Experiments with animals

All mice were housed in the specific pathogen-free animal facility at UCSF according to institutional guidelines. The experiments have been approved by the Institutional Animal Care and Use Committee (IACUC).



We thank Nigel Killeen and Neal G. Copeland for providing plasmids and cell lines and Judith Johnson for comments on the manuscript. This work was supported by the Howard Hughes Medical Institute, the Sandler Asthma Basic Research Center (to RML) and the Emmy Noether Program of the Deutsche Forschungsgemeinschaft (to DV). The authors have no conflicting financial interests. Correspondence and requests for materials should be addressed to

Authors’ Affiliations

Howard Hughes Medical Institute, Department of Medicine, University of California San Francisco, San Francisco, CA 94143-0795, USA
Institute for Immunology, University of Munich, Goethestrasse 31, 80336 Munich, Germany


  1. Testa G, Zhang Y, Vintersten K, Benes V, Pijnappel WW, Chambers I, Smith AJ, Smith AG, Stewart AF: Engineering the mouse genome with bacterial artificial chromosomes to create multipurpose alleles. Nat Biotechnol. 2003, 21 (4): 443-447. 10.1038/nbt804.View ArticleGoogle Scholar
  2. Branda CS, Dymecki SM: Talking about a revolution: The impact of site-specific recombinases on genetic analyses in mice. Dev Cell. 2004, 6 (1): 7-28. 10.1016/S1534-5807(03)00399-X.View ArticleGoogle Scholar
  3. Copeland NG, Jenkins NA, Court DL: Recombineering: a powerful new tool for mouse functional genomics. Nat Rev Genet. 2001, 2 (10): 769-779. 10.1038/35093556.View ArticleGoogle Scholar
  4. Liu P, Jenkins NA, Copeland NG: A highly efficient recombineering-based method for generating conditional knockout mutations. Genome Res. 2003, 13 (3): 476-484. 10.1101/gr.749203.View ArticleGoogle Scholar
  5. Lee EC, Yu D, Martinez de Velasco J, Tessarollo L, Swing DA, Court DL, Jenkins NA, Copeland NG: A highly efficient Escherichia coli-based chromosome engineering system adapted for recombinogenic targeting and subcloning of BAC DNA. Genomics. 2001, 73 (1): 56-65. 10.1006/geno.2000.6451.View ArticleGoogle Scholar
  6. Yagi T, Nada S, Watanabe N, Tamemoto H, Kohmura N, Ikawa Y, Aizawa S: A novel negative selection for homologous recombinants using diphtheria toxin A fragment gene. Anal Biochem. 1993, 214 (1): 77-86. 10.1006/abio.1993.1459.View ArticleGoogle Scholar
  7. Yanagawa Y, Kobayashi T, Ohnishi M, Tamura S, Tsuzuki T, Sanbo M, Yagi T, Tashiro F, Miyazaki J: Enrichment and efficient screening of ES cells containing a targeted mutation: the use of DT-A gene with the polyadenylation signal as a negative selection maker. Transgenic Res. 1999, 8 (3): 215-221. 10.1023/A:1008914020843.View ArticleGoogle Scholar
  8. Dickinson P, Kimber WL, Kilanowski FM, Webb S, Stevenson BJ, Porteous DJ, Dorin JR: Enhancing the efficiency of introducing precise mutations into the mouse genome by hit and run gene targeting. Transgenic Res. 2000, 9 (1): 55-66. 10.1023/A:1008915026660.View ArticleGoogle Scholar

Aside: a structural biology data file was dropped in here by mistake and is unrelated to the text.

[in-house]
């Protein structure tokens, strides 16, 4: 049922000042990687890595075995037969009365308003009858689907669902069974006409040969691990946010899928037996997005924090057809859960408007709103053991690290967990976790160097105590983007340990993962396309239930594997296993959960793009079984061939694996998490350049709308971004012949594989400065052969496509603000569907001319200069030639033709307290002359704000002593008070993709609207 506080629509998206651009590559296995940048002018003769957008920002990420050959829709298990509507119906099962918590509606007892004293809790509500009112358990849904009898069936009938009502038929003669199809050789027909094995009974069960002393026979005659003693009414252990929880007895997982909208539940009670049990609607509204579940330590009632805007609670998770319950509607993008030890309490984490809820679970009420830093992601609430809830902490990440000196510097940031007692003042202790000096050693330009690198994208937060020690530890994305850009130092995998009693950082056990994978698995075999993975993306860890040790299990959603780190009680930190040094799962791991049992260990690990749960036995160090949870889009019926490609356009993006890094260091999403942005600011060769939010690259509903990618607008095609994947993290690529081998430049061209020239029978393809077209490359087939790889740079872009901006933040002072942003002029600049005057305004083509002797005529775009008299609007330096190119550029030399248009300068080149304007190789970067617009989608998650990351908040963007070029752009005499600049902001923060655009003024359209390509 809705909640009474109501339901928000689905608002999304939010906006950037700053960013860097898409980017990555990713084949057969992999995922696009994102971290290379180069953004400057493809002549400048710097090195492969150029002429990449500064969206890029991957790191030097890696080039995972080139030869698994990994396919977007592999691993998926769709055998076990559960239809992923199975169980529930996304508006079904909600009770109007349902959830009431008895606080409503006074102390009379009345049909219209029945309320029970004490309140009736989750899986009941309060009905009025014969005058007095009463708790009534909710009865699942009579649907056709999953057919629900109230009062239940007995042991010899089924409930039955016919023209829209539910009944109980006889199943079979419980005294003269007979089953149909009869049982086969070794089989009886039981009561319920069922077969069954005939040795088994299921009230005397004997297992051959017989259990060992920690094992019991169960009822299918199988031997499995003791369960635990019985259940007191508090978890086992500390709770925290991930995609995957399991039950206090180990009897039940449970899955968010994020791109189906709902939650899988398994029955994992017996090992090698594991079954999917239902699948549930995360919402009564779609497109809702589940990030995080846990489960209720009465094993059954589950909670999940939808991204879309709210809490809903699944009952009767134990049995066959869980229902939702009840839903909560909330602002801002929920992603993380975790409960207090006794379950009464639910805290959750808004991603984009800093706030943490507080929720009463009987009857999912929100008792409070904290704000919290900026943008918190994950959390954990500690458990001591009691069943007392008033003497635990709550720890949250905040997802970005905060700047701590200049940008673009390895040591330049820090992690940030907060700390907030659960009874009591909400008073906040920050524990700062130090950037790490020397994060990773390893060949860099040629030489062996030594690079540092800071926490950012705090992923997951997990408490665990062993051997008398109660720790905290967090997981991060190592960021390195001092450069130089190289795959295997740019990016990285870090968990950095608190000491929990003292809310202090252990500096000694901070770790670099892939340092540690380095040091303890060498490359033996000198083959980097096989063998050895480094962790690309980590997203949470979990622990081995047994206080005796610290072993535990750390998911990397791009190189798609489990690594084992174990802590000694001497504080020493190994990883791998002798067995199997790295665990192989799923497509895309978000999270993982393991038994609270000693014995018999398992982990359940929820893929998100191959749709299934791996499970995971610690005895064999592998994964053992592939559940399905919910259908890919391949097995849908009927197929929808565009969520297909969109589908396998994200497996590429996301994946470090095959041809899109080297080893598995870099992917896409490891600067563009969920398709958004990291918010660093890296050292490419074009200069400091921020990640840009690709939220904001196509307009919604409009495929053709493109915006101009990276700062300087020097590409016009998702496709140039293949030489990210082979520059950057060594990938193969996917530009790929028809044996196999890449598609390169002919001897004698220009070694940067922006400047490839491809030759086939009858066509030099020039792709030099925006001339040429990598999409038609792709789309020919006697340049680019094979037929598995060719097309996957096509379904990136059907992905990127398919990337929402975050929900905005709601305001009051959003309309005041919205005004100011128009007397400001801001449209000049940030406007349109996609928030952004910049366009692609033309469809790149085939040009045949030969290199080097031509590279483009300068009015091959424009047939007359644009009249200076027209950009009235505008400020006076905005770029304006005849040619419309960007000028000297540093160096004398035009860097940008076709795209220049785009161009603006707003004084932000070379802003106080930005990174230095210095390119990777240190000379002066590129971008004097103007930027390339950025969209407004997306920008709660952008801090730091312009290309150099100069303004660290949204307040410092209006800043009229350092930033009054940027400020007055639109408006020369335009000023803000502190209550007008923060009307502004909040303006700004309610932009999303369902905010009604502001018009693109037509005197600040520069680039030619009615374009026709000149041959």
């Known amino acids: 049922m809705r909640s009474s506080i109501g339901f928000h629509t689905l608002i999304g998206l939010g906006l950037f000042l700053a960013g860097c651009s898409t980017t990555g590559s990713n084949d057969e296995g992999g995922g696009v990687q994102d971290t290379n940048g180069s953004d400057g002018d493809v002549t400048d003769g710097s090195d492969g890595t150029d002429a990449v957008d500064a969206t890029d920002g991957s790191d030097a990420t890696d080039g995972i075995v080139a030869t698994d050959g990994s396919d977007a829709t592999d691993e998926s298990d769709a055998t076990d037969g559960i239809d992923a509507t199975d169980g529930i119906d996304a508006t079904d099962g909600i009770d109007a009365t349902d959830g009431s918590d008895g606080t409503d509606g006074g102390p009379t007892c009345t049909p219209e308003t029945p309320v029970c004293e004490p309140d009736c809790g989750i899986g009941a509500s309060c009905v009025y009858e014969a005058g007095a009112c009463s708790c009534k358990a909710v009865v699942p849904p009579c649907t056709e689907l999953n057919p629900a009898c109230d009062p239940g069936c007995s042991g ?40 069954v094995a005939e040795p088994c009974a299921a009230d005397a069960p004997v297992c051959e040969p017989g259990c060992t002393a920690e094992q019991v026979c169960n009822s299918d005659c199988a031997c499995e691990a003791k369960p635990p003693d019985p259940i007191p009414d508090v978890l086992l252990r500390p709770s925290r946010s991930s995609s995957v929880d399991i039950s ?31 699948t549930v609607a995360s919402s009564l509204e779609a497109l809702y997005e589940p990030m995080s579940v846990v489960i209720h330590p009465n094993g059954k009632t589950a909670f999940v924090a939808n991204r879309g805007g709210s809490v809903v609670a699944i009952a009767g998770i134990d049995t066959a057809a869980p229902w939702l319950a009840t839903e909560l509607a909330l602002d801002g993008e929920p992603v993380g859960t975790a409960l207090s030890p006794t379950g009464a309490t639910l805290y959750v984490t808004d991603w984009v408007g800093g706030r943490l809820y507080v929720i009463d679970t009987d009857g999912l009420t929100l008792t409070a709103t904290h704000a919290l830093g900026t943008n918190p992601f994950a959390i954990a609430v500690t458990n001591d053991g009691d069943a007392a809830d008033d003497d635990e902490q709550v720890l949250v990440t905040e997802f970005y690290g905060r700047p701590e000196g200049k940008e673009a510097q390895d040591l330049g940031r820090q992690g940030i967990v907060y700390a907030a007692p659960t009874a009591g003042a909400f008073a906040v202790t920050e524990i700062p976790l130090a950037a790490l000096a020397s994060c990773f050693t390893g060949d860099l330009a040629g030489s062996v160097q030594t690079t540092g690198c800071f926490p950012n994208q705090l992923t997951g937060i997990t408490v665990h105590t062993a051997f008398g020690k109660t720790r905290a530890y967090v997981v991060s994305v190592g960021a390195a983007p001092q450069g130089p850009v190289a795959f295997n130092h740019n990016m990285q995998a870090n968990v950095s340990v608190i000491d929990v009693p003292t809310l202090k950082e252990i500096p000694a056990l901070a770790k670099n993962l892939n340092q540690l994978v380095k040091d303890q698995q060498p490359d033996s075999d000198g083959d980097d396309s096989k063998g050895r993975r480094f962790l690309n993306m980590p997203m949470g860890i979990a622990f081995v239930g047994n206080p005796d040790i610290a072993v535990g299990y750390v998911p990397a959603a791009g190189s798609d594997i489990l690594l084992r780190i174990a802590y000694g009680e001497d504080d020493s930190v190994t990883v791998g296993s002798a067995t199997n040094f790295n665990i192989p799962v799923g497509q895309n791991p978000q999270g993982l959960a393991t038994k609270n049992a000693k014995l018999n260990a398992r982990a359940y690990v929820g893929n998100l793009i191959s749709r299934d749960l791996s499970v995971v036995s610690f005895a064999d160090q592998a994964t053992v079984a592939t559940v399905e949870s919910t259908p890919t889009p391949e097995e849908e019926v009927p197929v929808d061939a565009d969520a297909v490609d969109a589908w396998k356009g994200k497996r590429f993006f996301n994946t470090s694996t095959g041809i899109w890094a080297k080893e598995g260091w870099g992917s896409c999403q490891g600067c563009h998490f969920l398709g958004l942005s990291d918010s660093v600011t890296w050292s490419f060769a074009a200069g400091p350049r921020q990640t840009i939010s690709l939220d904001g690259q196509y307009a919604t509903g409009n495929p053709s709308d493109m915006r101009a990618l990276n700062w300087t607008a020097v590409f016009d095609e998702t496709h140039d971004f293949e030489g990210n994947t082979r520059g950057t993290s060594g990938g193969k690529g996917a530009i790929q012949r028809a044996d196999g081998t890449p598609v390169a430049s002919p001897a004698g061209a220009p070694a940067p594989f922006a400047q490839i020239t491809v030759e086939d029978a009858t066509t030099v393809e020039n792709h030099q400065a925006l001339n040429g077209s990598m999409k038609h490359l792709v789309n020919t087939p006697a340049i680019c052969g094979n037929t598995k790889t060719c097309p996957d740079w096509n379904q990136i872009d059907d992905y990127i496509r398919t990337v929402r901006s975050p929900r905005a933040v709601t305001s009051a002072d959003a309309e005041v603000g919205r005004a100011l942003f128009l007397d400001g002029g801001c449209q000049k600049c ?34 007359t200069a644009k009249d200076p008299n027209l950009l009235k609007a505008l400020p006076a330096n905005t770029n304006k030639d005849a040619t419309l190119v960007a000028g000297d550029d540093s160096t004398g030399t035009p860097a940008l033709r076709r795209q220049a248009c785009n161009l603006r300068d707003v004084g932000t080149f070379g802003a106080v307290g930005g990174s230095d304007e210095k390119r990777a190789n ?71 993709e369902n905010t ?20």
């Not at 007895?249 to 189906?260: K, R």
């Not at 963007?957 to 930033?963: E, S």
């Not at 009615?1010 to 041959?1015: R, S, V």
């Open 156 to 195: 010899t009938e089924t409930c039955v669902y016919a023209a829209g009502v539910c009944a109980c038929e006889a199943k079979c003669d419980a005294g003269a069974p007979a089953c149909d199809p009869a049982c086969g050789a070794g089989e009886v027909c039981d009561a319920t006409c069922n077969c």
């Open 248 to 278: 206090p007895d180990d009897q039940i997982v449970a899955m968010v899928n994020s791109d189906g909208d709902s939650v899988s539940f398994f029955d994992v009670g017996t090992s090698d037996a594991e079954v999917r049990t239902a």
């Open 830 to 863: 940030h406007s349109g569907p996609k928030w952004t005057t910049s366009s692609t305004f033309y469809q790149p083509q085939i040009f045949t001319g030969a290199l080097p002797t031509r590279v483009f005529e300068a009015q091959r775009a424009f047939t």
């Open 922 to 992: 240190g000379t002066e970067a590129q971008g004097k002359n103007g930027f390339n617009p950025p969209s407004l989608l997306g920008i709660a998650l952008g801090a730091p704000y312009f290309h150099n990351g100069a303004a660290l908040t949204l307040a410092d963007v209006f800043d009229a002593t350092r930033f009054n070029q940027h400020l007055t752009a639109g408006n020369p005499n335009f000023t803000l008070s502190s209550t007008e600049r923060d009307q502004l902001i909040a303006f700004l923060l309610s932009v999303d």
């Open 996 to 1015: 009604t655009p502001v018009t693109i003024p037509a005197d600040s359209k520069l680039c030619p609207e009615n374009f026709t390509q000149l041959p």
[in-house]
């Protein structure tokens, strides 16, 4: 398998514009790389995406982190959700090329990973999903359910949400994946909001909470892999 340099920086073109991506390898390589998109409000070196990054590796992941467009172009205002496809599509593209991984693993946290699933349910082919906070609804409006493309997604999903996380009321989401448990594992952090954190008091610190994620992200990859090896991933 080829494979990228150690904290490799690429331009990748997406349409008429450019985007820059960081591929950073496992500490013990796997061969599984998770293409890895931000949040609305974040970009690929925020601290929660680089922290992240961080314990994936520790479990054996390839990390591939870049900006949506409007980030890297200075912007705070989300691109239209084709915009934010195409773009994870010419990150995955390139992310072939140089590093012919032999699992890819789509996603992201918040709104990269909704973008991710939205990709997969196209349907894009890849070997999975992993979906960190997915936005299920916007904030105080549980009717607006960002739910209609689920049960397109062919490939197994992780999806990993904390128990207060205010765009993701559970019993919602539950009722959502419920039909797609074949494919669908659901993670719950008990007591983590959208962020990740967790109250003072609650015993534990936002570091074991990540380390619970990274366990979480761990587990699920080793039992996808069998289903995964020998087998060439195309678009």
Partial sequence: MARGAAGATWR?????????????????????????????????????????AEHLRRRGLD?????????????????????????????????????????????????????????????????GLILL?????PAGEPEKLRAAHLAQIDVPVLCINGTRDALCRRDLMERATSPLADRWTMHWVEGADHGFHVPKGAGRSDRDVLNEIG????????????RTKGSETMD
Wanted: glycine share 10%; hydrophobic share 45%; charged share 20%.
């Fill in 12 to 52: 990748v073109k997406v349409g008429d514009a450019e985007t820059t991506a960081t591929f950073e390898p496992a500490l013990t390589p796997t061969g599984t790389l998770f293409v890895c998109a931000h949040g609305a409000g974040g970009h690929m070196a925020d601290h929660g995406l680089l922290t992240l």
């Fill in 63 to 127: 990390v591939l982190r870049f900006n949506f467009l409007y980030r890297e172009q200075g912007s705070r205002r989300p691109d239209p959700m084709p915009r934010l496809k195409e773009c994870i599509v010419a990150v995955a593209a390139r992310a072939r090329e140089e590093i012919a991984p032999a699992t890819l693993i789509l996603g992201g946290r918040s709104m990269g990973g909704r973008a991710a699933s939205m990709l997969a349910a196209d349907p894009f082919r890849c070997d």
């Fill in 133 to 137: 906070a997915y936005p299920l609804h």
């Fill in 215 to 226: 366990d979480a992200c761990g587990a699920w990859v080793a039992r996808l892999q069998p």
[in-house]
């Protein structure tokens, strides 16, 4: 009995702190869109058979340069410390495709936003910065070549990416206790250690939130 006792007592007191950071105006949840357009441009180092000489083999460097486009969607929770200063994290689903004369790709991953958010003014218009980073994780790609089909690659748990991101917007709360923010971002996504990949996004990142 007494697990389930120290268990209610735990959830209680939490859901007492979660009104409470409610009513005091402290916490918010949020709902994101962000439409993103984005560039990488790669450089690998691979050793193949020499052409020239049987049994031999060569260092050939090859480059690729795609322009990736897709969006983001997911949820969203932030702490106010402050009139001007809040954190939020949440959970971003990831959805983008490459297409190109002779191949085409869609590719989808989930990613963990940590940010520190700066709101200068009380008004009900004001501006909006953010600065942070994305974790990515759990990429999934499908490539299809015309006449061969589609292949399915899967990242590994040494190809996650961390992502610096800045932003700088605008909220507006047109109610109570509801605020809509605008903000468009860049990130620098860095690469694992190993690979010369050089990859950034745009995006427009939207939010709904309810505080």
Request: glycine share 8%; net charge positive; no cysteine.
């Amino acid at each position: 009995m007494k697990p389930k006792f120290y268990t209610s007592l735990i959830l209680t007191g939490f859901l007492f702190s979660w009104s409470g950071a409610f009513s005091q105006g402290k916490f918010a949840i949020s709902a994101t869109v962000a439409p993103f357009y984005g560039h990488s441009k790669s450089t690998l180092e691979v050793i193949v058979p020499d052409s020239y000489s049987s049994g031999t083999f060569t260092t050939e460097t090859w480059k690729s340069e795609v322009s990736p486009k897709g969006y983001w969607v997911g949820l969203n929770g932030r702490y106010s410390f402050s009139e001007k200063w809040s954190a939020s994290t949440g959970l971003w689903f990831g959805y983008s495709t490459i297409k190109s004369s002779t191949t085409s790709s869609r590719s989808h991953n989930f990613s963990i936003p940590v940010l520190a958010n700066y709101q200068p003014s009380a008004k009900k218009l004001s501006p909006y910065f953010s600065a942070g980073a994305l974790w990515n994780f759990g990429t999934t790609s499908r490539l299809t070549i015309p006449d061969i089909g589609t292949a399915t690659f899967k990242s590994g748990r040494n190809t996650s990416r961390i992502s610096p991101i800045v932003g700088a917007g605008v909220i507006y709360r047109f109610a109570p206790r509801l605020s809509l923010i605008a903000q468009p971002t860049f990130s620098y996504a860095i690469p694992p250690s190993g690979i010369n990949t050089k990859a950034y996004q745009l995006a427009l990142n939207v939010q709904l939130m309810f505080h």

9. Roebroek AJ, Reekmans S, Lauwers A, Feyaerts N, Smeijers L, Hartmann D: Mutant Lrp1 knock-in mice generated by recombinase-mediated cassette exchange reveal differential importance of the NPXY motifs in the intracellular domain of LRP1 for normal fetal development. Mol Cell Biol. 2006, 26 (2): 605-616. 10.1128/MCB.26.2.605-616.2006.View ArticleGoogle Scholar
  10. Farley FW, Soriano P, Steffen LS, Dymecki SM: Widespread recombinase expression using FLPeR (flipper) mice. Genesis. 2000, 28 (3–4): 106-110. 10.1002/1526-968X(200011/12)28:3/4<106::AID-GENE30>3.0.CO;2-T.View ArticleGoogle Scholar
  11. Lee PP, Fitzpatrick DR, Beard C, Jessup HK, Lehar S, Makar KW, Perez-Melgosa M, Sweetser MT, Schlissel MS, Nguyen S, et al: A critical role for Dnmt1 and DNA methylation in T cell development, function, and survival. Immunity. 2001, 15 (5): 763-774. 10.1016/S1074-7613(01)00227-8.View ArticleGoogle Scholar
  12. McKenzie GJ, Fallon PG, Emson CL, Grencis RK, McKenzie AN: Simultaneous disruption of interleukin (IL)-4 and IL-13 defines individual roles in T helper cell type 2-mediated responses. J Exp Med. 1999, 189 (10): 1565-1572. 10.1084/jem.189.10.1565.View ArticleGoogle Scholar
  13. Zheng B, Sage M, Sheppeard EA, Jurecic V, Bradley A: Engineering mouse chromosomes with Cre-loxP: range, efficiency, and somatic applications. Mol Cell Biol. 2000, 20 (2): 648-655. 10.1128/MCB.20.2.648-655.2000.View ArticleGoogle Scholar
  14. Buchholz F, Refaeli Y, Trumpp A, Bishop JM: Inducible chromosomal translocation of AML1 and ETO genes through Cre/loxP-mediated recombination in the mouse. EMBO Rep. 2000, 1 (2): 133-139. 10.1093/embo-reports/kvd027.View ArticleGoogle Scholar
  15. Collins EC, Pannell R, Simpson EM, Forster A, Rabbitts TH: Inter-chromosomal recombination of Mll and Af9 genes mediated by cre-loxP in mouse development. EMBO Rep. 2000, 1 (2): 127-132. 10.1093/embo-reports/kvd021.View ArticleGoogle Scholar
  16. Smith AJ, De Sousa MA, Kwabi-Addo B, Heppell-Parton A, Impey H, Rabbitts P: A site-directed chromosomal translocation induced in embryonic stem cells by Cre-loxP recombination. Nat Genet. 1995, 9 (4): 376-385. 10.1038/ng0495-376.View ArticleGoogle Scholar
  17. Gu H, Zou YR, Rajewsky K: Independent control of immunoglobulin switch recombination at individual switch regions evidenced through Cre-loxP-mediated gene targeting. Cell. 1993, 73 (6): 1155-1164. 10.1016/0092-8674(93)90644-6.View ArticleGoogle Scholar